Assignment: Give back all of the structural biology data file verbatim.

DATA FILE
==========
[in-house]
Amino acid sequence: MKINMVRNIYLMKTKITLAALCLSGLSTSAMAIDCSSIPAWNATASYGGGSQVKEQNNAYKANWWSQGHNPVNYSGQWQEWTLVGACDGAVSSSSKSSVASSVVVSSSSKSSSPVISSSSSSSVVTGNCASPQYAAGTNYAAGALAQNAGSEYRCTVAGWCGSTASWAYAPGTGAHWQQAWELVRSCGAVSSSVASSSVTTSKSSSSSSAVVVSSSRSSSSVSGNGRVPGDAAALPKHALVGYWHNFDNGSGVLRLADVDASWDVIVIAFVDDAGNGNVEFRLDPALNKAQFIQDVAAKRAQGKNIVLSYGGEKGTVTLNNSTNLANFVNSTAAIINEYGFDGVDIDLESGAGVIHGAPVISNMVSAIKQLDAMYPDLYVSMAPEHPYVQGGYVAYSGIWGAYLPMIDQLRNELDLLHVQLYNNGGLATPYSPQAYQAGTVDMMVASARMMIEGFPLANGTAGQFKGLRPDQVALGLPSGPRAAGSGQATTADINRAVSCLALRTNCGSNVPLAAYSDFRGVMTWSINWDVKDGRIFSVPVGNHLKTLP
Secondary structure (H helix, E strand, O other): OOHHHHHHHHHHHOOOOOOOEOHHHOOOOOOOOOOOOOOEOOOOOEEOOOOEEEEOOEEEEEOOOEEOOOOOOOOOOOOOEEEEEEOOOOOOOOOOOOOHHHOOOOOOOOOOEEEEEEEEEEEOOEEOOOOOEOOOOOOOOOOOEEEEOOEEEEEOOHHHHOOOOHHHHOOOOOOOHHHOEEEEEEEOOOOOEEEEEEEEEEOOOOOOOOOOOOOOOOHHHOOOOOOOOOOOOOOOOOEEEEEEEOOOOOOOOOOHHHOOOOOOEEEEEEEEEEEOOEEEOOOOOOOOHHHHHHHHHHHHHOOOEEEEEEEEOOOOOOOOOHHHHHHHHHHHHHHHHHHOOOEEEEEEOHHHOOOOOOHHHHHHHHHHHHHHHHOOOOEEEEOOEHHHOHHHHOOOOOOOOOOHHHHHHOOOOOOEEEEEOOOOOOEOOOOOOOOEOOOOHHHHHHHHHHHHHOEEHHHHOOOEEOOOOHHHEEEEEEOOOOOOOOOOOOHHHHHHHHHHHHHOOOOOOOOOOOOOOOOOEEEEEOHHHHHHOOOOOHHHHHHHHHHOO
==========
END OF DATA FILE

[in-house]
Amino acid sequence: MKINMVRNIYLMKTKITLAALCLSGLSTSAMAIDCSSIPAWNATASYGGGSQVKEQNNAYKANWWSQGHNPVNYSGQWQEWTLVGACDGAVSSSSKSSVASSVVVSSSSKSSSPVISSSSSSSVVTGNCASPQYAAGTNYAAGALAQNAGSEYRCTVAGWCGSTASWAYAPGTGAHWQQAWELVRSCGAVSSSVASSSVTTSKSSSSSSAVVVSSSRSSSSVSGNGRVPGDAAALPKHALVGYWHNFDNGSGVLRLADVDASWDVIVIAFVDDAGNGNVEFRLDPALNKAQFIQDVAAKRAQGKNIVLSYGGEKGTVTLNNSTNLANFVNSTAAIINEYGFDGVDIDLESGAGVIHGAPVISNMVSAIKQLDAMYPDLYVSMAPEHPYVQGGYVAYSGIWGAYLPMIDQLRNELDLLHVQLYNNGGLATPYSPQAYQAGTVDMMVASARMMIEGFPLANGTAGQFKGLRPDQVALGLPSGPRAAGSGQATTADINRAVSCLALRTNCGSNVPLAAYSDFRGVMTWSINWDVKDGRIFSVPVGNHLKTLP
Secondary structure (H helix, E strand, O other): OOHHHHHHHHHHHOOOOOOOEOHHHOOOOOOOOOOOOOOEOOOOOEEOOOOEEEEOOEEEEEOOOEEOOOOOOOOOOOOOEEEEEEOOOOOOOOOOOOOHHHOOOOOOOOOOEEEEEEEEEEEOOEEOOOOOEOOOOOOOOOOOEEEEOOEEEEEOOHHHHOOOOHHHHOOOOOOOHHHOEEEEEEEOOOOOEEEEEEEEEEOOOOOOOOOOOOOOOOHHHOOOOOOOOOOOOOOOOOEEEEEEEOOOOOOOOOOHHHOOOOOOEEEEEEEEEEEOOEEEOOOOOOOOHHHHHHHHHHHHHOOOEEEEEEEEOOOOOOOOOHHHHHHHHHHHHHHHHHHOOOEEEEEEOHHHOOOOOOHHHHHHHHHHHHHHHHOOOOEEEEOOEHHHOHHHHOOOOOOOOOOHHHHHHOOOOOOEEEEEOOOOOOEOOOOOOOOEOOOOHHHHHHHHHHHHHOEEHHHHOOOEEOOOOHHHEEEEEEOOOOOOOOOOOOHHHHHHHHHHHHHOOOOOOOOOOOOOOOOOEEEEEOHHHHHHOOOOOHHHHHHHHHHOO